"Whoever isn't 'productive' is worthless," said a woman forced to abandon her studies when her disability could not be accommodated. When it comes to inclusion, German schools and universities have a long way to go.
Coming from a school system where inclusion was the norm, when I first arrived in Germany as a 16-year-old exchange student, one of the first things I noticed was that there was no wheelchair access to the school building. There was no braille underneath the classroom signs. No one appeared to be on the autism spectrum or have the slightest sign of mental illness. Every student had a relatively similar set of intellectual skills.
"The problem is, the German education system is highly selective. Children are separated into the university-bound Gymnasium or other types of secondary schools at a young age," said Timm Albers, a specialist in inclusive education at the University of Paderborn. Germany's dual-track school system divides students into those who are deemed fit to go on to higher education and those who are channeled to vocational schools when they have completed 10 years of school.
The system, say many critics, is not only discriminatory towards those with special needs, but also against children for whom German is a second language. The 2018 Education in Germany report, presented last summer by the ministry of education, found that children from immigrant backgrounds — many of whom could fall within the umbrella term "special needs" due to insufficient grasp of the German language — were marginalized and unlikely to have the same opportunities as other students. The study also found that the tracking system perpetuated inequality.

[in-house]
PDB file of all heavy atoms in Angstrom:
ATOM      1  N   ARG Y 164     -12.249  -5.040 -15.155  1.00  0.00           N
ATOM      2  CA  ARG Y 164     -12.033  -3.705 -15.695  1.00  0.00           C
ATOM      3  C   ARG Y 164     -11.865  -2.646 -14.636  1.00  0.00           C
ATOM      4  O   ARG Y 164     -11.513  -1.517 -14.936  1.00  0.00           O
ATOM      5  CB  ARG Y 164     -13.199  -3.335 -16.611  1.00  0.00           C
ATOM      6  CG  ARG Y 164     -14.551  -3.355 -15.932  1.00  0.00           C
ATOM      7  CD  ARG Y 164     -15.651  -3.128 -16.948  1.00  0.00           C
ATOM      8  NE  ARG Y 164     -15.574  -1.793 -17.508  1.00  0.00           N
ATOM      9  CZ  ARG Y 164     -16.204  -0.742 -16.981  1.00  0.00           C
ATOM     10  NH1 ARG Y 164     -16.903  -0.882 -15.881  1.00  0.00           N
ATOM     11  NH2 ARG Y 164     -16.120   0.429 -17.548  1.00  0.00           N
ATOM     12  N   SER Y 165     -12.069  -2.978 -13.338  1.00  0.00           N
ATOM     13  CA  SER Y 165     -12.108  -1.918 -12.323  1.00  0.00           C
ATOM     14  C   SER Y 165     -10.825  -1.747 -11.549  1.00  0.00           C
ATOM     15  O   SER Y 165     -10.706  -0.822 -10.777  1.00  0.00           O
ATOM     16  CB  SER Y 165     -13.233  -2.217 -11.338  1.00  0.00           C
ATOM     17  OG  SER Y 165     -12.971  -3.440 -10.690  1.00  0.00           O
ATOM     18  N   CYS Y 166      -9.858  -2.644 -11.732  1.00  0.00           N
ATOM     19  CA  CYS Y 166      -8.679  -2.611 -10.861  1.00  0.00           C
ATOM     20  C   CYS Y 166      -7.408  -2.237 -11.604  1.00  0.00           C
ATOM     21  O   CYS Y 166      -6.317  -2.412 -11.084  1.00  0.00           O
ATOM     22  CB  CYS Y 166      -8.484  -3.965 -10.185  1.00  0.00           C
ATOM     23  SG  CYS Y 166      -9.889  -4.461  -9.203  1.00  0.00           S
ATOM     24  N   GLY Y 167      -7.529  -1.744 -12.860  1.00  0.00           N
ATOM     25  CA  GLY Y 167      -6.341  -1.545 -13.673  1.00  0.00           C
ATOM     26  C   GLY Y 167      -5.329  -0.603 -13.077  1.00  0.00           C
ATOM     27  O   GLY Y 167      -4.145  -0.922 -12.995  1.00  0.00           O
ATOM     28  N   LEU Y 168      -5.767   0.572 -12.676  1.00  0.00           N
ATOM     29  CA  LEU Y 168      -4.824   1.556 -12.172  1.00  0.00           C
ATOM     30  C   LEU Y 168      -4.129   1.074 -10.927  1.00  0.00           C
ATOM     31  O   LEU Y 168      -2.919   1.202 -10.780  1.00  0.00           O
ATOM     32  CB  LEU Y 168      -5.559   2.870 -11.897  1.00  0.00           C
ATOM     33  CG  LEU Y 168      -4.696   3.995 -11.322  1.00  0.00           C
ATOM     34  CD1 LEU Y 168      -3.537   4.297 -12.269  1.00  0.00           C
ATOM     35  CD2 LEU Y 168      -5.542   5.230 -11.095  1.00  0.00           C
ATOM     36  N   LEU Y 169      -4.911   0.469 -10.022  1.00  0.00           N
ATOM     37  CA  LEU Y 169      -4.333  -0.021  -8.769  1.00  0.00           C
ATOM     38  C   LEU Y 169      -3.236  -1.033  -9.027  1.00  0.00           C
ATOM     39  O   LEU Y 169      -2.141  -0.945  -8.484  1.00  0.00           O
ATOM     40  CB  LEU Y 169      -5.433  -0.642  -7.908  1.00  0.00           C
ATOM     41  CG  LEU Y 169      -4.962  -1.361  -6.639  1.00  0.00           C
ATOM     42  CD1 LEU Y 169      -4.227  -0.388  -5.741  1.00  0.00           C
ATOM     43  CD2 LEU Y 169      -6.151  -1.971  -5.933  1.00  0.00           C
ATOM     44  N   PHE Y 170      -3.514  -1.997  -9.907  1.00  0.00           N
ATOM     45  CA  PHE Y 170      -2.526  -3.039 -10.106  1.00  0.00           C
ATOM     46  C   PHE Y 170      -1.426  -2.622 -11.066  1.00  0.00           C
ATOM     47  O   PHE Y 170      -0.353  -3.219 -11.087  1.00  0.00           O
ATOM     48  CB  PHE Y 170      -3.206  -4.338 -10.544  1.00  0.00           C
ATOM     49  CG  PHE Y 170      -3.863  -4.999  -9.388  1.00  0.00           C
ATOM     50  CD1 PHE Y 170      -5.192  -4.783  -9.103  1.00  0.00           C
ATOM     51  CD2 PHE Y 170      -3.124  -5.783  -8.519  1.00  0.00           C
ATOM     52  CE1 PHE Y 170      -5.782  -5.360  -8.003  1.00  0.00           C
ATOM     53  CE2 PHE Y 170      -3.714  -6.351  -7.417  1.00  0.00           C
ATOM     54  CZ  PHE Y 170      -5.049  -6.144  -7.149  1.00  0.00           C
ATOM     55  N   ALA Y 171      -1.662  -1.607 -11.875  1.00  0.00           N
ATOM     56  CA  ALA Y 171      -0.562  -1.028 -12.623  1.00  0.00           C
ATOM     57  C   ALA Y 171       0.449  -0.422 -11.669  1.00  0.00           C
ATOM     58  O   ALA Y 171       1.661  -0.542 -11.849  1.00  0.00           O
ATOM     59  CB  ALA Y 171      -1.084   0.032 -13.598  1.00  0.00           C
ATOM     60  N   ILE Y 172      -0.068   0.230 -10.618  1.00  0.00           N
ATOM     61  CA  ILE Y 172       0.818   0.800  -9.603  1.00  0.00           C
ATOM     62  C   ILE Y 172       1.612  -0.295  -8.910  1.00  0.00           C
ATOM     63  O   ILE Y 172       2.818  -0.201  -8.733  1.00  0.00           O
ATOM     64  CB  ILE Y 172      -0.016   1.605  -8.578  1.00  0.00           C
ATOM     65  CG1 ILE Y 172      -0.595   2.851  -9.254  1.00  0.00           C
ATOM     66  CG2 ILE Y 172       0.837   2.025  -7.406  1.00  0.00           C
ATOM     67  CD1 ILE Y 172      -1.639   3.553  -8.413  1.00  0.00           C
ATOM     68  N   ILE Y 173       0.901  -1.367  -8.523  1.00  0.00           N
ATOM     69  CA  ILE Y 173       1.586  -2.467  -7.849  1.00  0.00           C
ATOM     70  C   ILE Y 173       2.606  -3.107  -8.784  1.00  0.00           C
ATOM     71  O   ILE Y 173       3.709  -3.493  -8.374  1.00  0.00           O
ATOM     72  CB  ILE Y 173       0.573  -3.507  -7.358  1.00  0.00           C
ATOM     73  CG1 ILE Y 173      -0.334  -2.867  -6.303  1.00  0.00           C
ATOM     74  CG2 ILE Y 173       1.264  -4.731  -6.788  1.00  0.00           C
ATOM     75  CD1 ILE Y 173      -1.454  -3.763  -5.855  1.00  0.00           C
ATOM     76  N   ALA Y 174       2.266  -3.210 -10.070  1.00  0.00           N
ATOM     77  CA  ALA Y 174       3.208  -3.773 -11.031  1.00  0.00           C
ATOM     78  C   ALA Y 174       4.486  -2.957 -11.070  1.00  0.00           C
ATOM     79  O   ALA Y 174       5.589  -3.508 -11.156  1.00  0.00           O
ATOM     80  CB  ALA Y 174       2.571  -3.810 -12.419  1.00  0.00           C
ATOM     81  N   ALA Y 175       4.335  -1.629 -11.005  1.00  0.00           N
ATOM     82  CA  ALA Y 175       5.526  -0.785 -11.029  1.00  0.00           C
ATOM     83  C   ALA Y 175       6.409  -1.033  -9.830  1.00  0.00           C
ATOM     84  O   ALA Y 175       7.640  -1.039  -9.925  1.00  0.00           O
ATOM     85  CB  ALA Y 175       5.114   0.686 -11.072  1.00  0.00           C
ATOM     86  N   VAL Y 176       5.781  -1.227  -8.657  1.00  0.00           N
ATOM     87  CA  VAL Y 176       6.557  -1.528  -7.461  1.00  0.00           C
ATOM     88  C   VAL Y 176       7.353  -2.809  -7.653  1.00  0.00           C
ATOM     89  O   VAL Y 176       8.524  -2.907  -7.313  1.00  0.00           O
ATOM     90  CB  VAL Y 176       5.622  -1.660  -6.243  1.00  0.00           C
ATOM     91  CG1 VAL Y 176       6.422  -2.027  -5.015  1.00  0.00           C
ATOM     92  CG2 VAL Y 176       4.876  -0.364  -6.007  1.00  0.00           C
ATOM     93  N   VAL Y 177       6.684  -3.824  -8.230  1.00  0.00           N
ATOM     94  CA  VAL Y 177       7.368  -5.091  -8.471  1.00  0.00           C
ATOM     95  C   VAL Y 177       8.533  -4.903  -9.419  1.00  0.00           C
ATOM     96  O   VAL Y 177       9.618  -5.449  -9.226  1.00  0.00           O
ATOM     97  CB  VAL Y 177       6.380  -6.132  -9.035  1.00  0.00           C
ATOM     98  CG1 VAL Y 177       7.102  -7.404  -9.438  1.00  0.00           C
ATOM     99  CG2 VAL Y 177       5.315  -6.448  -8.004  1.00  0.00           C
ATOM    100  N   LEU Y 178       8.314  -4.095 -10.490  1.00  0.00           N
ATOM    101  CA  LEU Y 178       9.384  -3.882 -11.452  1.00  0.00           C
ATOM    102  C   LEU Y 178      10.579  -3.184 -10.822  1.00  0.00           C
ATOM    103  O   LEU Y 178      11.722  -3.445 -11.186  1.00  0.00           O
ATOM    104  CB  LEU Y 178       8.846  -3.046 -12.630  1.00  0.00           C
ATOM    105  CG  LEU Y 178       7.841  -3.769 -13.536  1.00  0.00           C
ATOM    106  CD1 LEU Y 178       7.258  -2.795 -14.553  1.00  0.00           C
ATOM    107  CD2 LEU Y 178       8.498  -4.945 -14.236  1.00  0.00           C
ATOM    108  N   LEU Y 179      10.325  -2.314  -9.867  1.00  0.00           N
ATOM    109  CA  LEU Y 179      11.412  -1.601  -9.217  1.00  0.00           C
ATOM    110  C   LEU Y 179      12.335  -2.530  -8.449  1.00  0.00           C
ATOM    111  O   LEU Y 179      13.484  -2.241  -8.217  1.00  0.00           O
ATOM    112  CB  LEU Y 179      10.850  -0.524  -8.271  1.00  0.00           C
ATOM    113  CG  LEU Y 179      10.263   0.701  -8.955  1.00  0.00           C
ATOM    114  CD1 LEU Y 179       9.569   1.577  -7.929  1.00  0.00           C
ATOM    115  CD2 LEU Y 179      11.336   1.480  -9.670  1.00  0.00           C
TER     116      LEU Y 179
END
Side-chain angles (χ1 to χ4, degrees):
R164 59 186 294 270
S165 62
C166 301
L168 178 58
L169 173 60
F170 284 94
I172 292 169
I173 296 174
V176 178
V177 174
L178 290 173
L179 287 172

'Germany still hasn't come very far'
"There are a lot of parents who don't want their children going to school with disabled children, they take their children out of schools that say they'll going to integrate classes," Albers told DW, "even though all the research says it's good for children, not only in terms of social competence but also for cognitive development."
After the murder of 270,000 disabled people by the Nazis, the postwar German government declared that it would protect the rights of mentally and physically ill children. However, for decades, this meant segregating them into special-needs schools. It wasn't until parents and advocates built up enough political pressure in 1972 that inclusion — although this term didn't come into the lexicon until the 1990s — was even considered an integral part of the rights of disabled persons in Germany to lead a normal life.
This makes it less surprising, perhaps, that the federal government only recently reinstated the voting rights of tens of thousands of special-needs adults who had been purged from voter rolls.
"Germany still hasn't come very far … more children are being diagnosed, but more schools and teachers equipped for teaching disabled children are just not there. And the older a child gets, the harder it becomes for them to find a class that can accommodate them. Some children are getting on buses and traveling over 20 kilometers to school every day. The situation has significantly stagnated," according to Albers.